Patients' Attitudes Regarding Lung Cancer Screening and Decision Aids. A Survey and Focus Group Study

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Abstract

Rationale:

Little is known about vulnerable patients' perceptions and understanding of, and preferences for, lung cancer screening decision aids.

Objectives:

To determine, in a low-income, racially diverse population, (1) participants' experience, preferences, and reactions to web-based and paper decision aids, and (2) their understanding of harms and benefits of lung cancer screening.

Methods:

We enrolled outpatients at an urban county hospital in six focus group discussions that included review of a web-based and a paper-based lung-cancer screening decision aid. Participants completed surveys before and after the focus groups.

Measurements and Main Results:

Forty-five patients participated (mean age, 61 yr; 76% current smokers; 24% former smokers); 27% had not completed high school; 50% had an annual income not exceeding $15,000; 42% were nonwhite; and 96% reported chronic illness requiring at least three health care visits yearly. Comparing the proportion with correct answers on pre- and postsurveys, participants' understanding of lung cancer screening increased, particularly of the harms of screening including the potential for false positives, extra testing, and complications. However, after conclusion of the focus groups, more than 50% believed that screening lowered the chance of getting lung cancer. Five major themes emerged from qualitative analyses. Participants (1) were not aware of the purpose of lung cancer screening; (2) wanted to know about the benefits and harms; (3) believed physicians need to communicate more effectively; (4) found decision aids helpful and influential for decision-making about screening; and (5) wanted the discussion to be personalized and tailored. Participants expressed surprise that the magnitude of their lung cancer risk and benefits of screening were lower than anticipated.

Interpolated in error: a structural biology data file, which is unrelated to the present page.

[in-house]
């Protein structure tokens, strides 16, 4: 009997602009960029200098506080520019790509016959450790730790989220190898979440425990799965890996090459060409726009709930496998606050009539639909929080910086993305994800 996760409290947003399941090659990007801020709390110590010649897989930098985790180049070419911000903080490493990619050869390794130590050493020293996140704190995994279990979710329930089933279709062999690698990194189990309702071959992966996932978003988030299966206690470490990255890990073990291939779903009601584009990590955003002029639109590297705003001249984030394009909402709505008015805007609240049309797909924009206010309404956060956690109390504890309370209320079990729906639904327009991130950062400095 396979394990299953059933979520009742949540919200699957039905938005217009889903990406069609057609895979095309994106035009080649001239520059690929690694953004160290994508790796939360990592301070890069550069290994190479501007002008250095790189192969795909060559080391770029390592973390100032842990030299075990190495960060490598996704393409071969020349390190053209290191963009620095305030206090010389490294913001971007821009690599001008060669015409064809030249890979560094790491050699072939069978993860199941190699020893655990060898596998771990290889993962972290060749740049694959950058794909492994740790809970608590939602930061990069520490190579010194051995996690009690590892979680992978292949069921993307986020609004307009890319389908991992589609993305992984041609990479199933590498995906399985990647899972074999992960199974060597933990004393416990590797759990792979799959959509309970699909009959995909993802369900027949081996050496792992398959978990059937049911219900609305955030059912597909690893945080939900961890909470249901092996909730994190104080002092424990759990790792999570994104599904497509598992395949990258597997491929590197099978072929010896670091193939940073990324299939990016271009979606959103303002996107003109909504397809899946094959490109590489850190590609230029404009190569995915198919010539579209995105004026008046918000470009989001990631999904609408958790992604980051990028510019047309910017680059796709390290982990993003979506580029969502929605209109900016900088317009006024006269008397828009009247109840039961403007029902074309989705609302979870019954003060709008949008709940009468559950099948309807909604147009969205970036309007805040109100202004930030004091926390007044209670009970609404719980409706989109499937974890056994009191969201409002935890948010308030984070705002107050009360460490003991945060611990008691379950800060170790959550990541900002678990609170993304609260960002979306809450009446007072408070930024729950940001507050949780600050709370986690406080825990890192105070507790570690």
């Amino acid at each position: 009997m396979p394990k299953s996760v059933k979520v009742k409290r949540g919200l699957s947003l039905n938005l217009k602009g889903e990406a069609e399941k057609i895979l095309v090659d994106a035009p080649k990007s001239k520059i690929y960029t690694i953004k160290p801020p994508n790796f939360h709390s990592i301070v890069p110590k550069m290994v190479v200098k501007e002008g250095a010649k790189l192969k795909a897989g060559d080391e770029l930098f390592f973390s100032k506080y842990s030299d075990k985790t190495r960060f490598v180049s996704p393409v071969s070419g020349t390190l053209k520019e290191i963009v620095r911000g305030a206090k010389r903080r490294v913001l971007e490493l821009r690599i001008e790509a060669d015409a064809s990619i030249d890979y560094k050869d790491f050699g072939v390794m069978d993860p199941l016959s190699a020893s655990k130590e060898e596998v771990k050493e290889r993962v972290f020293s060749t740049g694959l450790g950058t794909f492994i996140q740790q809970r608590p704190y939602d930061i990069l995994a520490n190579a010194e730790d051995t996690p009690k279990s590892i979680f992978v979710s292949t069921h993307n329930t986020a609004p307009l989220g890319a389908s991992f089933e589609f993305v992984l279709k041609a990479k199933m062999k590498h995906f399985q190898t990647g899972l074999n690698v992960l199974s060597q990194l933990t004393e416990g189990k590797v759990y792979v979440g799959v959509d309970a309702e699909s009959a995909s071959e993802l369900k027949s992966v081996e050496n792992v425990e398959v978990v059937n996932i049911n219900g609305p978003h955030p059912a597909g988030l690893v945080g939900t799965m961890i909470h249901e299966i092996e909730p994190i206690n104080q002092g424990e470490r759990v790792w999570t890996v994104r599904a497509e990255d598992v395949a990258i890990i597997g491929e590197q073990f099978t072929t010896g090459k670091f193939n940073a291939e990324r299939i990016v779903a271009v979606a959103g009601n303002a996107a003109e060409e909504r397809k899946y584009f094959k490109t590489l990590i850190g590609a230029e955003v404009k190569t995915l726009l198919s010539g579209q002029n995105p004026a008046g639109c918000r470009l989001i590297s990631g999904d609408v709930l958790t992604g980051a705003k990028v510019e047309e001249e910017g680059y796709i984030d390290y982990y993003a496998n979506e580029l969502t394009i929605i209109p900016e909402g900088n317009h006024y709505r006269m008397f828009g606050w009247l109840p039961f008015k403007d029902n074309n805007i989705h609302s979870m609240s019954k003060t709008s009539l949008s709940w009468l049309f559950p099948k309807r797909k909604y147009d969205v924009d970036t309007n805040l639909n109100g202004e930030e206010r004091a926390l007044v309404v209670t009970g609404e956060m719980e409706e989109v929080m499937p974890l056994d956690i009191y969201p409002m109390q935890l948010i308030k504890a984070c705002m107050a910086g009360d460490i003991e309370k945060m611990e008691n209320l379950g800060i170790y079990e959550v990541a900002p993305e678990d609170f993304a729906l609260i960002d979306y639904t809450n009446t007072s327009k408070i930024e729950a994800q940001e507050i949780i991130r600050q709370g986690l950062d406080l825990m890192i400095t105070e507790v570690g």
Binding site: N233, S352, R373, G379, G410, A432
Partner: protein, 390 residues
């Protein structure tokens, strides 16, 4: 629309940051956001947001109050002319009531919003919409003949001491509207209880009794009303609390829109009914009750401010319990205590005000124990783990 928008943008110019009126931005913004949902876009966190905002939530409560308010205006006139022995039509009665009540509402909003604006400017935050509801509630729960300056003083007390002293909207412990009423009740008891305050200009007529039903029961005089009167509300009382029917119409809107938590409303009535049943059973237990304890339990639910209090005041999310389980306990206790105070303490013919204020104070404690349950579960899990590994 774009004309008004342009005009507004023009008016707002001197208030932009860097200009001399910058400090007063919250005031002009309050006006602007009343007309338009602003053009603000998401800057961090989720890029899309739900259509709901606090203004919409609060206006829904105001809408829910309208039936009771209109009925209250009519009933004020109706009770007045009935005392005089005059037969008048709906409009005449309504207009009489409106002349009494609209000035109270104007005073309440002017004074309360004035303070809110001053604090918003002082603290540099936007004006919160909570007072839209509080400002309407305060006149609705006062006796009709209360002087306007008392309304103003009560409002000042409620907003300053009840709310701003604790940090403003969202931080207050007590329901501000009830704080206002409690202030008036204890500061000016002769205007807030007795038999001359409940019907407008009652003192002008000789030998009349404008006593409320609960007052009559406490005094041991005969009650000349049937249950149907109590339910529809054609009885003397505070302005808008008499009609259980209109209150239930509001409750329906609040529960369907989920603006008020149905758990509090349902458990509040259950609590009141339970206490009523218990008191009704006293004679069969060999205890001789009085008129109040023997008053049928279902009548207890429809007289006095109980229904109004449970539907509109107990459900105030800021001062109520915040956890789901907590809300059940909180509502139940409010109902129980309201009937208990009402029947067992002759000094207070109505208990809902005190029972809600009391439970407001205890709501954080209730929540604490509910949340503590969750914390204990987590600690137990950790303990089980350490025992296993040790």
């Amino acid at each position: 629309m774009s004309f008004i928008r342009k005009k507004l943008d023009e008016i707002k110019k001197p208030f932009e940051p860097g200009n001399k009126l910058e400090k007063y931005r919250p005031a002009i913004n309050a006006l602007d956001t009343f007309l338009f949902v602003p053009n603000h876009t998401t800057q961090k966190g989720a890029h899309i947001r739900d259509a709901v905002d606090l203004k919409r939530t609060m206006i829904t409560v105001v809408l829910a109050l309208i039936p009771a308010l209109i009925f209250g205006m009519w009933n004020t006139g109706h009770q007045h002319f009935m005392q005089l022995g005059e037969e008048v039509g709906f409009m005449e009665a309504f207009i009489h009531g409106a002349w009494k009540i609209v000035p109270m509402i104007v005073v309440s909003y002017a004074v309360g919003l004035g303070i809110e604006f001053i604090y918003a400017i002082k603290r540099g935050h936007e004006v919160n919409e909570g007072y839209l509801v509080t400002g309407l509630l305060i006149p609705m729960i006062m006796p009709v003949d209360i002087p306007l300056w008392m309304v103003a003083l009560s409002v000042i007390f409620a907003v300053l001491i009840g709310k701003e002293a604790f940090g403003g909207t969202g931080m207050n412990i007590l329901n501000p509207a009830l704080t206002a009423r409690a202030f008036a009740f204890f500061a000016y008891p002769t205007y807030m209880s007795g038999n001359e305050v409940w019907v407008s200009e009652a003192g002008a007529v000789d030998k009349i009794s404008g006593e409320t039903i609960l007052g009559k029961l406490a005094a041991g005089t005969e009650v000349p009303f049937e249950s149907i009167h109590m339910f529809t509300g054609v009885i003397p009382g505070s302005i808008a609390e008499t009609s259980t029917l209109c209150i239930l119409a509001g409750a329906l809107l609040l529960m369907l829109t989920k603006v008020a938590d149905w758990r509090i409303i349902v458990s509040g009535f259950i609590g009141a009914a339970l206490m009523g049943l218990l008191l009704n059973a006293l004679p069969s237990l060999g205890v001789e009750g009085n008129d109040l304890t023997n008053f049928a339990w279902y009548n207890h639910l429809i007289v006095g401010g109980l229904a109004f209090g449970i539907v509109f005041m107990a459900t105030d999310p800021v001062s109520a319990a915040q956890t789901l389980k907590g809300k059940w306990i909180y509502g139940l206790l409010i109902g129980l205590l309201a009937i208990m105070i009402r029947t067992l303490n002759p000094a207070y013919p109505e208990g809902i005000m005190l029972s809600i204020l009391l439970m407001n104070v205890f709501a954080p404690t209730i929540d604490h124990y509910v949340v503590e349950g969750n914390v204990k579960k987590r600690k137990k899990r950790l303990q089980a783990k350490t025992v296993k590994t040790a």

Conclusions:

Vulnerable patients find lung cancer screening decision aids helpful and generally show increased knowledge after reviewing decision aids, particularly of harms. Our results can inform future implementation efforts.

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